SR-SAG2 Finding 3-1: Cell division by Earth microbes has not been reported below –18°C (255K).

Revised Finding 3-1: Cell division by Earth microbes has not been reported below –18°C (255K). The very low rate of metabolic reactions at low temperature result in doubling times ranging from several months to year(s). Current experiments have not been conducted on sufficiently long timescales to study extremely slow-growing microorganisms.

Suggestions for future research directions relating to the issues discussed in this section can be found in Appendix A.

Suggested Citation:"2 The Assessment of the Potential of Terrestrial Lifeforms to Survive and Proliferate on Mars in the Next 500 Years." National Academies of Sciences, Engineering, and Medicine. 2015. Review of the MEPAG Report on Mars Special Regions. Washington, DC: The National Academies Press. doi: 10.17226/21816.
×

LIFE IN EXTREME ENVIRONMENTS AND IN MULTISPECIES COMMUNITIES

The SR-SAG2 report identified the ability of microorganisms to withstand multiple stressors as an important area of research. Extreme ecosystems on Earth are often subjected to a multitude of conditions considered to push the limits of microbial life. For instance, surfaces of ice shelves in both the Arctic and Antarctic harbor conditions that combine multiple physiological stresses imposed on microorganisms, such as low temperatures, high levels of ultraviolet radiation, and several-fold annual variations in salinity (Mueller et al. 2005). Permafrost environments are subjected to long-term exposure to sub-zero temperatures, background radiation, limited liquid water availability, and frequent very-low-nutrient conditions.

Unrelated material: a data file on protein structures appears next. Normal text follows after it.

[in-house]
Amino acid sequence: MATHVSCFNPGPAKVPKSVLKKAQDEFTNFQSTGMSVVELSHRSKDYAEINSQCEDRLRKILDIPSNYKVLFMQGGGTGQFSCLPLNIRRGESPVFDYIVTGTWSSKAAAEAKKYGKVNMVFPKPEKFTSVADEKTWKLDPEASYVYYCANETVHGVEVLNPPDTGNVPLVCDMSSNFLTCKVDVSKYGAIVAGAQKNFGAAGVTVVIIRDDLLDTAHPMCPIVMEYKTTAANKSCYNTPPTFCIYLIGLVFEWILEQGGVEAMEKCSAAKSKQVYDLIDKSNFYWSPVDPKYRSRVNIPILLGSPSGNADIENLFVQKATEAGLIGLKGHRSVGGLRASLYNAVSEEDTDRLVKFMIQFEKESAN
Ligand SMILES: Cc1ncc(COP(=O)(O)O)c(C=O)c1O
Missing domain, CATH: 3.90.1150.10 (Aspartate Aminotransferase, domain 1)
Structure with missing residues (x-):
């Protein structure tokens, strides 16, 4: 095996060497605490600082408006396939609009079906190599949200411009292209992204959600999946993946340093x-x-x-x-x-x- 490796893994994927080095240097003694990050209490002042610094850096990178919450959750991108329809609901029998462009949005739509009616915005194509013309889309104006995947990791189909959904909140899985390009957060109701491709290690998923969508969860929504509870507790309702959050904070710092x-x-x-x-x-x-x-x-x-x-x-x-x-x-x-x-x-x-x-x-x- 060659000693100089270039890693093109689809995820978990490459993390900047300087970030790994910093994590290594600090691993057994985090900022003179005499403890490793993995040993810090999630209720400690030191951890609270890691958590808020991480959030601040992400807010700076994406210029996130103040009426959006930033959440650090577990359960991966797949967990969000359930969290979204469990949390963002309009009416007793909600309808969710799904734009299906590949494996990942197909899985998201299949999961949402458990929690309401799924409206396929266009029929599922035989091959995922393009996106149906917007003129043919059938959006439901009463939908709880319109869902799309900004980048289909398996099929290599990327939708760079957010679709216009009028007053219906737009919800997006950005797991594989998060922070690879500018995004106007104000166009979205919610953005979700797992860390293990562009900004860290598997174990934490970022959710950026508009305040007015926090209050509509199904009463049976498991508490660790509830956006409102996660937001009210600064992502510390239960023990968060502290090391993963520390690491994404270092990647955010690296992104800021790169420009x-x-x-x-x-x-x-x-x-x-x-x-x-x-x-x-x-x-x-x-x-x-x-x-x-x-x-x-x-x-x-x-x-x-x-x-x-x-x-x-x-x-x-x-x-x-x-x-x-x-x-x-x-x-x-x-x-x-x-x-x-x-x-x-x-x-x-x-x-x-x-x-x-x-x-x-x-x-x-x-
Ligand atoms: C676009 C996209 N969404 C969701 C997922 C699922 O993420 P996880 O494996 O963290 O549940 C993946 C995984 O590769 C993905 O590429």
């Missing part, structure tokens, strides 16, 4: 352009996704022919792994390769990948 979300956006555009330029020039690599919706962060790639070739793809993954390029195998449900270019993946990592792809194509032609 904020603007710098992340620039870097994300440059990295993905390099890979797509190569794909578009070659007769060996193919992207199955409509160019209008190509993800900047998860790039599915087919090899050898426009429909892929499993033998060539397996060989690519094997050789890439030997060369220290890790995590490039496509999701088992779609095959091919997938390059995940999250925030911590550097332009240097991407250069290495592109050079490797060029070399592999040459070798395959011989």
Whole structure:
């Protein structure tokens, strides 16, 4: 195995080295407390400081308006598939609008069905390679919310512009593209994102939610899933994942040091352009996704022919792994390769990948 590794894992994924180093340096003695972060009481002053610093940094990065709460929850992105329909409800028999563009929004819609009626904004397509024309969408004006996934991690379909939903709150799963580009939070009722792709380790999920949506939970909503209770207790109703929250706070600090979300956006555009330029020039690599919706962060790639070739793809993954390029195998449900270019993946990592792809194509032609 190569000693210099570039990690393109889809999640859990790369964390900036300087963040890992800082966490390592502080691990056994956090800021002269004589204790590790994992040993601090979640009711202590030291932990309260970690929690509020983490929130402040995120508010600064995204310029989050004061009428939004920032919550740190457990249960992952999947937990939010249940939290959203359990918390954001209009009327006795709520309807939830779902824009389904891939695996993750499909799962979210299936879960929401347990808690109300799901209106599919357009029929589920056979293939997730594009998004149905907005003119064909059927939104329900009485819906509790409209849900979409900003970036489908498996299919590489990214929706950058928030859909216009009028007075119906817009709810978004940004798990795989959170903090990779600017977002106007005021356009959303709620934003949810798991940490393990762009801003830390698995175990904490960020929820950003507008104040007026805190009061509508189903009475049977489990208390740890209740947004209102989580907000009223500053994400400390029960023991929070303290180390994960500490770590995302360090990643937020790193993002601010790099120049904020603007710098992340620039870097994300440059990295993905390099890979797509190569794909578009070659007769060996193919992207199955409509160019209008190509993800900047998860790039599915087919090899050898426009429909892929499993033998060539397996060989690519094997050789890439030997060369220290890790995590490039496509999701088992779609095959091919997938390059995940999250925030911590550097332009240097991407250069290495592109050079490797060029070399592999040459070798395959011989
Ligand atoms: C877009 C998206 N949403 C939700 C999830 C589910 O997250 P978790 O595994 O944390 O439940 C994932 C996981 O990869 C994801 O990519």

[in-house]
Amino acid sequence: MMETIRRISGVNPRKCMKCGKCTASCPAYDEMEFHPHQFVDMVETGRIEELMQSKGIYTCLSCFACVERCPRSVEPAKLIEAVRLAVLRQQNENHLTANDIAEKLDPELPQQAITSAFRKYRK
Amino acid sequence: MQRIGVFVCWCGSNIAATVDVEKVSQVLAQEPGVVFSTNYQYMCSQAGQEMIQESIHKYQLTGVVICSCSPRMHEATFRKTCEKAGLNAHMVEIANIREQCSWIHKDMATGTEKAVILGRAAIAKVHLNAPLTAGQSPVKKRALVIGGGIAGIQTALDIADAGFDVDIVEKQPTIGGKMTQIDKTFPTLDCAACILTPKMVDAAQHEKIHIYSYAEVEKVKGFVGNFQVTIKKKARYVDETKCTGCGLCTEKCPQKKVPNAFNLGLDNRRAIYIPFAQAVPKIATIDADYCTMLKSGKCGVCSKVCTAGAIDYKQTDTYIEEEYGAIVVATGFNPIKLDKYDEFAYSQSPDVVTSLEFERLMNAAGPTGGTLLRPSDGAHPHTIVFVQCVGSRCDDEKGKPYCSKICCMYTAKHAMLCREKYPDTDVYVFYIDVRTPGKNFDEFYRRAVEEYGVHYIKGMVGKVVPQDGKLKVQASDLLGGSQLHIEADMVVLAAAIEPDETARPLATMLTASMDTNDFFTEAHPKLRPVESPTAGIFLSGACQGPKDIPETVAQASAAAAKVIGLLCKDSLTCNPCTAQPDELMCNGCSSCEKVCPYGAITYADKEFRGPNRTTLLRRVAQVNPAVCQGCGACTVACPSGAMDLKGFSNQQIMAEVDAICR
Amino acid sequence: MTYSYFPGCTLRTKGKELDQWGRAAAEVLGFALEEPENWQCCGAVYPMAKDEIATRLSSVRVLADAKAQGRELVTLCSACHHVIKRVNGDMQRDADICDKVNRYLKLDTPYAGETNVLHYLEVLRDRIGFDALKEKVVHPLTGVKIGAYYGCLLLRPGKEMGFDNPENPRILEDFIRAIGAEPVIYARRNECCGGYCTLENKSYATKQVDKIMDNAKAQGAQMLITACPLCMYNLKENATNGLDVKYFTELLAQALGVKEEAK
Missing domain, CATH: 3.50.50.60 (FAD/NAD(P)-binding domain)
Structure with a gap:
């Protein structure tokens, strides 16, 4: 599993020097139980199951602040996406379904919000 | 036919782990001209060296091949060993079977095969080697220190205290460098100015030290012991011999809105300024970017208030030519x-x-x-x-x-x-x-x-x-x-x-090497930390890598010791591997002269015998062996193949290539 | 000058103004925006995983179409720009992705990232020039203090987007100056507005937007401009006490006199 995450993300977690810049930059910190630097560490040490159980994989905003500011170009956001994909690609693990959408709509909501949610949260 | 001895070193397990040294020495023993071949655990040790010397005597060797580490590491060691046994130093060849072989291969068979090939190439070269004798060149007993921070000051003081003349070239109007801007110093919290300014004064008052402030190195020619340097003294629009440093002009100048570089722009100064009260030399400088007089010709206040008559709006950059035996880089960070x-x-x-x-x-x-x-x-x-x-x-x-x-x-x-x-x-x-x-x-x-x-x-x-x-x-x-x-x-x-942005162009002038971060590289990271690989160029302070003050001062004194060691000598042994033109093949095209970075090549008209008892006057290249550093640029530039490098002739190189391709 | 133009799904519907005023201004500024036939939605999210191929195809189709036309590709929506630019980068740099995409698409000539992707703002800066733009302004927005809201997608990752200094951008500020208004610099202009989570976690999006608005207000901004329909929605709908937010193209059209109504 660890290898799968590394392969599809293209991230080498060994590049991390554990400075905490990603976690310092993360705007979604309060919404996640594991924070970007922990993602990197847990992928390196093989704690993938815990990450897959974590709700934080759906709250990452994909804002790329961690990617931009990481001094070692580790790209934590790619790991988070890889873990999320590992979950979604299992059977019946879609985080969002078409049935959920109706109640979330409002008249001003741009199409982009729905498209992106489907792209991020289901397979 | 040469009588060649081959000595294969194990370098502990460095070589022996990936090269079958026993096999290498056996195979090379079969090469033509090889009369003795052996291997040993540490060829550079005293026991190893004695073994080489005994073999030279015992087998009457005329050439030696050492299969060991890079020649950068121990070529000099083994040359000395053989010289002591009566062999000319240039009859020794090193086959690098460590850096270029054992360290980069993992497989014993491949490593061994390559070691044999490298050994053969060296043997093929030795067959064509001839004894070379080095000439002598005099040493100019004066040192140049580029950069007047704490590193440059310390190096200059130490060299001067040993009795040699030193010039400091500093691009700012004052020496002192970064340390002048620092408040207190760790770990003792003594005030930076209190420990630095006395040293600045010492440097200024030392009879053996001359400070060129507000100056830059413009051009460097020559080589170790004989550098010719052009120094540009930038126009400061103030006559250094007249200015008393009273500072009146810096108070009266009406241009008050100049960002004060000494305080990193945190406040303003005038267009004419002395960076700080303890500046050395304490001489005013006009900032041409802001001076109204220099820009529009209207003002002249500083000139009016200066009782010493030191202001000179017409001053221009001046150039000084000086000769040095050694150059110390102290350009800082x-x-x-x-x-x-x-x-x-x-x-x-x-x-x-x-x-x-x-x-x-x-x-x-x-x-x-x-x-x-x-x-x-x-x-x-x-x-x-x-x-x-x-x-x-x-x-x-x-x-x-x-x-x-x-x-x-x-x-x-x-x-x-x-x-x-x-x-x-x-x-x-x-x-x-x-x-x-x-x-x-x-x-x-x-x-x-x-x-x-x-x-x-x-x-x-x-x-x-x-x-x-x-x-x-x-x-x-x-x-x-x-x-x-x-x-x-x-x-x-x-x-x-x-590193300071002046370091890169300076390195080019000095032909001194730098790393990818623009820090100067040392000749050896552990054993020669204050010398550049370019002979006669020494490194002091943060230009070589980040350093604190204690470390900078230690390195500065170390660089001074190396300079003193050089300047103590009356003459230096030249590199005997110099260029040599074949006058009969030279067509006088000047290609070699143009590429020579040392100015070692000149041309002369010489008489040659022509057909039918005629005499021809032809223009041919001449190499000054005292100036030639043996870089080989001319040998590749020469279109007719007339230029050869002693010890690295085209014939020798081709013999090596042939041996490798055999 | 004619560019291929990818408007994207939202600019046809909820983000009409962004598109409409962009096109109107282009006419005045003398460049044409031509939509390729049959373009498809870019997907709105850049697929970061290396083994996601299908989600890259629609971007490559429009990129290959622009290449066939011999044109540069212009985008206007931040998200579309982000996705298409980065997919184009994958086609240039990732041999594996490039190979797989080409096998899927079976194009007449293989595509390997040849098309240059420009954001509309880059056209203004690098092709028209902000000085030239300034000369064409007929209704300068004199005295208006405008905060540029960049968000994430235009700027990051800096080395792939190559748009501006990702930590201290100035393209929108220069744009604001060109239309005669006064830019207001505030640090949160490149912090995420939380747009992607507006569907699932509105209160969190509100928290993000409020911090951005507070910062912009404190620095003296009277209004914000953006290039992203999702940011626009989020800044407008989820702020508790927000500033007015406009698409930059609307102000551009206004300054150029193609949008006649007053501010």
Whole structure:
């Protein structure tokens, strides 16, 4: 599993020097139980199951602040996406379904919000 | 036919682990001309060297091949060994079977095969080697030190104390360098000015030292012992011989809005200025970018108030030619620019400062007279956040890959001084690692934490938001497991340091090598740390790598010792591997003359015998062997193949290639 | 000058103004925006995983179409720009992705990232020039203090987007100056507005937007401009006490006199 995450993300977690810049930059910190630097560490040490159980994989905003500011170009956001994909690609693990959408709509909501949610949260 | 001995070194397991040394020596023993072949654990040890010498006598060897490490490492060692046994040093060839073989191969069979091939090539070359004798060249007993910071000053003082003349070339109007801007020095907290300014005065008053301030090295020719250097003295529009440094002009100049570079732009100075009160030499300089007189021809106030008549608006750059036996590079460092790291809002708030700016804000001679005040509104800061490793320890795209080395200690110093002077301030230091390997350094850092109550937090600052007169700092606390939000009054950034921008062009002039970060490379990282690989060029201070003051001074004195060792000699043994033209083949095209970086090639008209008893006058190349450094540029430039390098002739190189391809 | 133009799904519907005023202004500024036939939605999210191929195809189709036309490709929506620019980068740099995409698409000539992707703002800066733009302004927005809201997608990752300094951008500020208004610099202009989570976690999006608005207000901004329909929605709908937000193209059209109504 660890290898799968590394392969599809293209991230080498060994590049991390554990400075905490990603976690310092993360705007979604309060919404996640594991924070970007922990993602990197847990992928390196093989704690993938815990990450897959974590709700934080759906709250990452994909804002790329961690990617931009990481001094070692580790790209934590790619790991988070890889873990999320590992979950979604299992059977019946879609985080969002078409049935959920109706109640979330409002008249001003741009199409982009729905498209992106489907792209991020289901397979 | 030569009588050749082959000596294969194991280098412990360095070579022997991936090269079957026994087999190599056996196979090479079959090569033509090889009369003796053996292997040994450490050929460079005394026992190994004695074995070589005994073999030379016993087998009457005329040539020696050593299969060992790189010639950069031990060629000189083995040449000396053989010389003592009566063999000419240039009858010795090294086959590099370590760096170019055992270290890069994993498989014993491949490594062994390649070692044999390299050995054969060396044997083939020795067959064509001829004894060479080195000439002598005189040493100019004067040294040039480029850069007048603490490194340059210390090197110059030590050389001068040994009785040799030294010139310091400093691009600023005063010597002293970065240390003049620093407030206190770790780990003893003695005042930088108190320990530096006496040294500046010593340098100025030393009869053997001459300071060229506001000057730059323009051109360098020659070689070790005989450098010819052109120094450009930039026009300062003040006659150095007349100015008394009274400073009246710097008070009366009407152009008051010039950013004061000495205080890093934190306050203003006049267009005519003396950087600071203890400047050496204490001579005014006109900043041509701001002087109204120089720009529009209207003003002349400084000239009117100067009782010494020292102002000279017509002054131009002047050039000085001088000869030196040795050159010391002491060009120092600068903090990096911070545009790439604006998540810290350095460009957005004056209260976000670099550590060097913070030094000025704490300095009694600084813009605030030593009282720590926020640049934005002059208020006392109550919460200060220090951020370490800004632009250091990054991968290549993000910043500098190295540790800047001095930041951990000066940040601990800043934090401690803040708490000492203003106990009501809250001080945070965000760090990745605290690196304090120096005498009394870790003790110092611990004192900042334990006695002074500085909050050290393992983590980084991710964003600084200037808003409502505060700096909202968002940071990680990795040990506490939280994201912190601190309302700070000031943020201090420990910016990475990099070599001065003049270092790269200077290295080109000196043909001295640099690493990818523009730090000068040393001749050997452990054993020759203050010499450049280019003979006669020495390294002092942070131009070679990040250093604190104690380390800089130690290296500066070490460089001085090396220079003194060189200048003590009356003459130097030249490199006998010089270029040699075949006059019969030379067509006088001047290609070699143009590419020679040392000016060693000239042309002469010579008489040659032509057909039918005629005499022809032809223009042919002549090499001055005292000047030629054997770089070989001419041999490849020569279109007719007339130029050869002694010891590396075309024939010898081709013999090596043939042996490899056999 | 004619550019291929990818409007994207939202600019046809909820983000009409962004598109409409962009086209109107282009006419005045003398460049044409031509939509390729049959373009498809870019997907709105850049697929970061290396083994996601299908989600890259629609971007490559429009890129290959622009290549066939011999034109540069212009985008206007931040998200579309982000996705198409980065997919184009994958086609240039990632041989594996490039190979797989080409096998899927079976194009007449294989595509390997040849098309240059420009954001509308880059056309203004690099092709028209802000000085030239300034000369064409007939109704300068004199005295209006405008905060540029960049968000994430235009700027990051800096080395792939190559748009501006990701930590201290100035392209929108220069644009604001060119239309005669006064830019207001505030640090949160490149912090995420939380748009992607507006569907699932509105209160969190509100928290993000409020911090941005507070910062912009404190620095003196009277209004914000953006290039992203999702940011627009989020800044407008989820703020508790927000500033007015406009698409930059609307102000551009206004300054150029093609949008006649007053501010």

In nature, microorganisms typically live and proliferate as members of communities rather than as single cells or populations. A widespread growth form of life in natural habitats occurs as multispecies biofilms where the cells are embedded in a self-produced extracellular matrix consisting of polysaccharides and proteins, which includes other macromolecules such as lipids and DNA. These so-called extrapolymeric substances (EPS) provide protection against different environmental stressors (e.g., desiccation, radiation, harmful chemical agents, and predators). Biofilms are highly organized structures that enable microbial communication via signaling molecules, disperse cells and EPS, distribute nutrients and release metabolites, and facilitate horizontal gene transfer.

The majority of known microbial communities on Earth are able to produce EPS, and the protection provided by this matrix enlarges their physical and chemical limits for metabolic processes and replication. EPS also enhances their tolerance to simultaneously occurring multiple stressors and enables the occupation of otherwise uninhabitable ecological niches in the microscale and macroscale. The presence of EPS within a microbial community has implications for several aspects of the SR-SAG2 report, including the physical and chemical limits for life, the dimension of habitable niches versus the actual resolution capability of today’s instruments in Mars orbit, colonization of brines, and tolerance to multiple stressors. In extreme cold and salty habitats (e.g., brines of sea ice and cryopegs in permafrost), EPS has been found to be an excellent cryoprotectant (Goordial et al. 2013). For instance, production of EPS by the marine psychrophilic bacterium Colwellia psychrerythraea increases in response to low temperatures, to high pressure, and to salinity (Marx et al. 2009). Another example is the EPS produced by hypolithic microbial communities that develop on the undersides of translucent rocks in the Dry Valleys of Antarctica, which is thought to facilitate the water-holding capacity of cells and promote microbial survival, growth, and succession (Makhalanyane et al. 2013; de los Ríos et al. 2014).